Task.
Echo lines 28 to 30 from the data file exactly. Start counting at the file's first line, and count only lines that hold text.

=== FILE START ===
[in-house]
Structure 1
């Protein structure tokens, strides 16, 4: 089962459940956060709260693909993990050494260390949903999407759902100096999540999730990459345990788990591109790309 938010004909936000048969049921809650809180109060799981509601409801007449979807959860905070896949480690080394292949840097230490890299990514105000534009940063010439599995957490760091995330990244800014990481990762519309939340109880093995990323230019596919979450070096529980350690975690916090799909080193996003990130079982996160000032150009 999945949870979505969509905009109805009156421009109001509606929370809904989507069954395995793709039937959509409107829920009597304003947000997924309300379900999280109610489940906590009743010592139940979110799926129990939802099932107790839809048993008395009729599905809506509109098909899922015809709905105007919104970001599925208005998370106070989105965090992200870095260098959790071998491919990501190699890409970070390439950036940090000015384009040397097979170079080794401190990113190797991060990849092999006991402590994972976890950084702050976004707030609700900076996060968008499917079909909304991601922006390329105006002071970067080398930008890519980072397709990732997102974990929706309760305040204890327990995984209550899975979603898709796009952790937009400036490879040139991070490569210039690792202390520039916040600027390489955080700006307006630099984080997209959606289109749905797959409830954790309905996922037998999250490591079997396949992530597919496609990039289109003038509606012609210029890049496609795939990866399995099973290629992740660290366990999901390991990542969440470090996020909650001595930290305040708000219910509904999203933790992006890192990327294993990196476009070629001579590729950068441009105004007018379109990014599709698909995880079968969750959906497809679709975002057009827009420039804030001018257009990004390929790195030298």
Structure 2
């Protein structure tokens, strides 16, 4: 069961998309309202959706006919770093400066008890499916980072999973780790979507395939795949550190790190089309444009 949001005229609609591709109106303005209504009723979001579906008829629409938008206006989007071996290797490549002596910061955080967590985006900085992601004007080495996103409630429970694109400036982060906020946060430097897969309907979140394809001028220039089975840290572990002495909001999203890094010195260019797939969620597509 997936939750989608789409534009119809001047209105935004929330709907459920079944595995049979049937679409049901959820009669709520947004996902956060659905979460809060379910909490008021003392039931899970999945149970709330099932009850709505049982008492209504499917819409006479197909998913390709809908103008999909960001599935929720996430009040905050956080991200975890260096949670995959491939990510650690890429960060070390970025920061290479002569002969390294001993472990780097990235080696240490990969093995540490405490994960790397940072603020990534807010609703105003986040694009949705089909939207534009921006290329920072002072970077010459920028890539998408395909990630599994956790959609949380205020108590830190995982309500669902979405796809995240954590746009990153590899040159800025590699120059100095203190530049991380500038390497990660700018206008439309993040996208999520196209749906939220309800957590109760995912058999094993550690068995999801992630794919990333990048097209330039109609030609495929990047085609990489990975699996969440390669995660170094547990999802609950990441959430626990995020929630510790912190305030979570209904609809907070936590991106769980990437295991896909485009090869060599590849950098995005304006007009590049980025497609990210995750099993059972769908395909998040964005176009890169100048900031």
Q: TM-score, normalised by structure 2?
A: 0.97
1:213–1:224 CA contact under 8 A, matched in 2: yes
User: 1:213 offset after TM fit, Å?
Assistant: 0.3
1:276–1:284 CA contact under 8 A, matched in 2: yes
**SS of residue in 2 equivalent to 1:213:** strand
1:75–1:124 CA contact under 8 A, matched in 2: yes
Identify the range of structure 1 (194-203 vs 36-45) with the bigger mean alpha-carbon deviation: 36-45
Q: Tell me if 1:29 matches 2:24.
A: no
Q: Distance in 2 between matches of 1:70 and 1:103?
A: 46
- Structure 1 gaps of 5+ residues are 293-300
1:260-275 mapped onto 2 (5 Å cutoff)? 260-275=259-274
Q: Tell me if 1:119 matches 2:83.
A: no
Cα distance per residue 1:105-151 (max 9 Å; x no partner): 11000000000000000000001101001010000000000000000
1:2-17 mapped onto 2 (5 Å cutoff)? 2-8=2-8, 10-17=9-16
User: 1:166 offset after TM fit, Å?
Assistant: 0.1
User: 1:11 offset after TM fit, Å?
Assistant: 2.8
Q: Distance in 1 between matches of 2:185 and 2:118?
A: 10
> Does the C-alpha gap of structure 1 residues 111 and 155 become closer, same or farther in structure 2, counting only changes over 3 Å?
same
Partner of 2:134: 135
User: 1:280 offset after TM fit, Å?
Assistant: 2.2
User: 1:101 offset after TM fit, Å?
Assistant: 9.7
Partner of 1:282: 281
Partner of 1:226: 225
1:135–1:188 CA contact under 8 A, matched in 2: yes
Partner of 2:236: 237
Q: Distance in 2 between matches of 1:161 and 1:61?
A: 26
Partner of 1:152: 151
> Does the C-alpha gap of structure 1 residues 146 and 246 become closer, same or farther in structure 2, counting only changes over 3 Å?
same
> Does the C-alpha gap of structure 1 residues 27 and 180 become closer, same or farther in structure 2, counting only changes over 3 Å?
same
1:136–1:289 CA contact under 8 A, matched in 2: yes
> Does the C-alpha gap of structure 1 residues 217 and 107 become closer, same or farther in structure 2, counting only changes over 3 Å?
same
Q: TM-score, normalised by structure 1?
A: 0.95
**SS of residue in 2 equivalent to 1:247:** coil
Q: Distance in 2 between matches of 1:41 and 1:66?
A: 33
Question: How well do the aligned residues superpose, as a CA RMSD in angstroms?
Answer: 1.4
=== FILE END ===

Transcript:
Assistant: 2.8
Q: Distance in 1 between matches of 2:185 and 2:118?
A: 10